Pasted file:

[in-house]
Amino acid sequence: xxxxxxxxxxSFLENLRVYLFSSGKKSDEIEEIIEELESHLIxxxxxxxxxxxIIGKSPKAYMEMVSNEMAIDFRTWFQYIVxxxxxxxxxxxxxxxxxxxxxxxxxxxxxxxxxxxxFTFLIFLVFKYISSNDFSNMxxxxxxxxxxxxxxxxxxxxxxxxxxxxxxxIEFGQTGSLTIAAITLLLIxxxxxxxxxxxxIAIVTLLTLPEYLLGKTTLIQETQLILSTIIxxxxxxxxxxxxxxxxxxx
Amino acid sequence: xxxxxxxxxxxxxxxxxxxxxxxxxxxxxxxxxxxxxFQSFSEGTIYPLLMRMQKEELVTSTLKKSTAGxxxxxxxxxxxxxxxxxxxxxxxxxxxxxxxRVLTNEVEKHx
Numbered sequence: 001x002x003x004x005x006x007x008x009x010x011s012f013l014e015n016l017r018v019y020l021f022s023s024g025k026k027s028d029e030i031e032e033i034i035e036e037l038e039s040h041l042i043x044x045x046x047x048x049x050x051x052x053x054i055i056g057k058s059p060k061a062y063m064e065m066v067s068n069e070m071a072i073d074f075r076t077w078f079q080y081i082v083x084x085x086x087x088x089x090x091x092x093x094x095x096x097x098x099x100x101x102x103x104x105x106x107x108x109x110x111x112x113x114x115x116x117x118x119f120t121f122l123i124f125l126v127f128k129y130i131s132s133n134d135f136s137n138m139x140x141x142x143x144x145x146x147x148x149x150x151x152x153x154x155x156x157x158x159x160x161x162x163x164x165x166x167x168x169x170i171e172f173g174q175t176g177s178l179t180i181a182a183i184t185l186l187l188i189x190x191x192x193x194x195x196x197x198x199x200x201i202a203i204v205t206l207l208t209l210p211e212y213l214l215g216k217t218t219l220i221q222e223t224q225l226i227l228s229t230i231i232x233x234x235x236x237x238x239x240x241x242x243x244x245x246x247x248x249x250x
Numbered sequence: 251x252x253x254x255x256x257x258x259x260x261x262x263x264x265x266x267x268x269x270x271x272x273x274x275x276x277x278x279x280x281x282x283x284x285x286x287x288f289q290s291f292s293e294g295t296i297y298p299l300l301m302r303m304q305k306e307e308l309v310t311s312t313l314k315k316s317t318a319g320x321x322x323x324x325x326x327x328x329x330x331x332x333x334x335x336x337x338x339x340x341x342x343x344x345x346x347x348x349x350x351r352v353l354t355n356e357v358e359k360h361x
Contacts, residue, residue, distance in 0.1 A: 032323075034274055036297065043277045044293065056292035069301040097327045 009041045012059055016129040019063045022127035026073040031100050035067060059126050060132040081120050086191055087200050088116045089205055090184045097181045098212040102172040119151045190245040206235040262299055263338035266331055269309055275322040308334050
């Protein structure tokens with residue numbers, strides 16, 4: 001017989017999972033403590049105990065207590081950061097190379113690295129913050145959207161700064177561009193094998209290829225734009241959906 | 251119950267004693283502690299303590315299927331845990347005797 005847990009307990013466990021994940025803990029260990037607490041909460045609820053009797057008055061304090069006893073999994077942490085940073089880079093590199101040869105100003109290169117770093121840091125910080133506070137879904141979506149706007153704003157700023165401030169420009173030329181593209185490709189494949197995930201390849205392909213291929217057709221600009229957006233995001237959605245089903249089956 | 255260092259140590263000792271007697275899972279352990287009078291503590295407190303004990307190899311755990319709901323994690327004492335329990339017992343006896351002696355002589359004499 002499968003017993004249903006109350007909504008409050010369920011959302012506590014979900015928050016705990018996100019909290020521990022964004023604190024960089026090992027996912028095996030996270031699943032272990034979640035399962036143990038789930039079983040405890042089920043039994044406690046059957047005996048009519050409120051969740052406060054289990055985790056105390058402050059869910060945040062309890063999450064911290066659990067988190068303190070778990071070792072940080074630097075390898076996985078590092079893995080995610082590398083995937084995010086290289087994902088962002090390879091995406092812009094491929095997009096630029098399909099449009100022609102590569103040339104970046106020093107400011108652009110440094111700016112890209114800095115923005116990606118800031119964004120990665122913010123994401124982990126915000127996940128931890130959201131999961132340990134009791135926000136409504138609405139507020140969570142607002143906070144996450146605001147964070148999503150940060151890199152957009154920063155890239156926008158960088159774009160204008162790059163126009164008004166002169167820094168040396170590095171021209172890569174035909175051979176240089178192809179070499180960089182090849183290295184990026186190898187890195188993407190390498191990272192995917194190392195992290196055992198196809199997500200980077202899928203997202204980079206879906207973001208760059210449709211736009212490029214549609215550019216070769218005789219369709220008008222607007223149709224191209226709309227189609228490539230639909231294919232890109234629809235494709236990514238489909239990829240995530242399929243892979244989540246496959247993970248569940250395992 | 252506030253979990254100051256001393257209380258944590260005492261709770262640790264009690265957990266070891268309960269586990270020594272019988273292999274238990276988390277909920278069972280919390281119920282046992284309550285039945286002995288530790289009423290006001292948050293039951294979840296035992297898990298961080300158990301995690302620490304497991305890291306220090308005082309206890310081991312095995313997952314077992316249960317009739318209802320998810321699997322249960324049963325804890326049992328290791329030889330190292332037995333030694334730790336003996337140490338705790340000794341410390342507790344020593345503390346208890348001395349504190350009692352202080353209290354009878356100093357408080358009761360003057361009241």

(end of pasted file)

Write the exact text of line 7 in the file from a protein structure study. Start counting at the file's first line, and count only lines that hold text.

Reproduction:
């Protein structure tokens with residue numbers, strides 16, 4: 001017989017999972033403590049105990065207590081950061097190379113690295129913050145959207161700064177561009193094998209290829225734009241959906 | 251119950267004693283502690299303590315299927331845990347005797 005847990009307990013466990021994940025803990029260990037607490041909460045609820053009797057008055061304090069006893073999994077942490085940073089880079093590199101040869105100003109290169117770093121840091125910080133506070137879904141979506149706007153704003157700023165401030169420009173030329181593209185490709189494949197995930201390849205392909213291929217057709221600009229957006233995001237959605245089903249089956 | 255260092259140590263000792271007697275899972279352990287009078291503590295407190303004990307190899311755990319709901323994690327004492335329990339017992343006896351002696355002589359004499 002499968003017993004249903006109350007909504008409050010369920011959302012506590014979900015928050016705990018996100019909290020521990022964004023604190024960089026090992027996912028095996030996270031699943032272990034979640035399962036143990038789930039079983040405890042089920043039994044406690046059957047005996048009519050409120051969740052406060054289990055985790056105390058402050059869910060945040062309890063999450064911290066659990067988190068303190070778990071070792072940080074630097075390898076996985078590092079893995080995610082590398083995937084995010086290289087994902088962002090390879091995406092812009094491929095997009096630029098399909099449009100022609102590569103040339104970046106020093107400011108652009110440094111700016112890209114800095115923005116990606118800031119964004120990665122913010123994401124982990126915000127996940128931890130959201131999961132340990134009791135926000136409504138609405139507020140969570142607002143906070144996450146605001147964070148999503150940060151890199152957009154920063155890239156926008158960088159774009160204008162790059163126009164008004166002169167820094168040396170590095171021209172890569174035909175051979176240089178192809179070499180960089182090849183290295184990026186190898187890195188993407190390498191990272192995917194190392195992290196055992198196809199997500200980077202899928203997202204980079206879906207973001208760059210449709211736009212490029214549609215550019216070769218005789219369709220008008222607007223149709224191209226709309227189609228490539230639909231294919232890109234629809235494709236990514238489909239990829240995530242399929243892979244989540246496959247993970248569940250395992 | 252506030253979990254100051256001393257209380258944590260005492261709770262640790264009690265957990266070891268309960269586990270020594272019988273292999274238990276988390277909920278069972280919390281119920282046992284309550285039945286002995288530790289009423290006001292948050293039951294979840296035992297898990298961080300158990301995690302620490304497991305890291306220090308005082309206890310081991312095995313997952314077992316249960317009739318209802320998810321699997322249960324049963325804890326049992328290791329030889330190292332037995333030694334730790336003996337140490338705790340000794341410390342507790344020593345503390346208890348001395349504190350009692352202080353209290354009878356100093357408080358009761360003057361009241």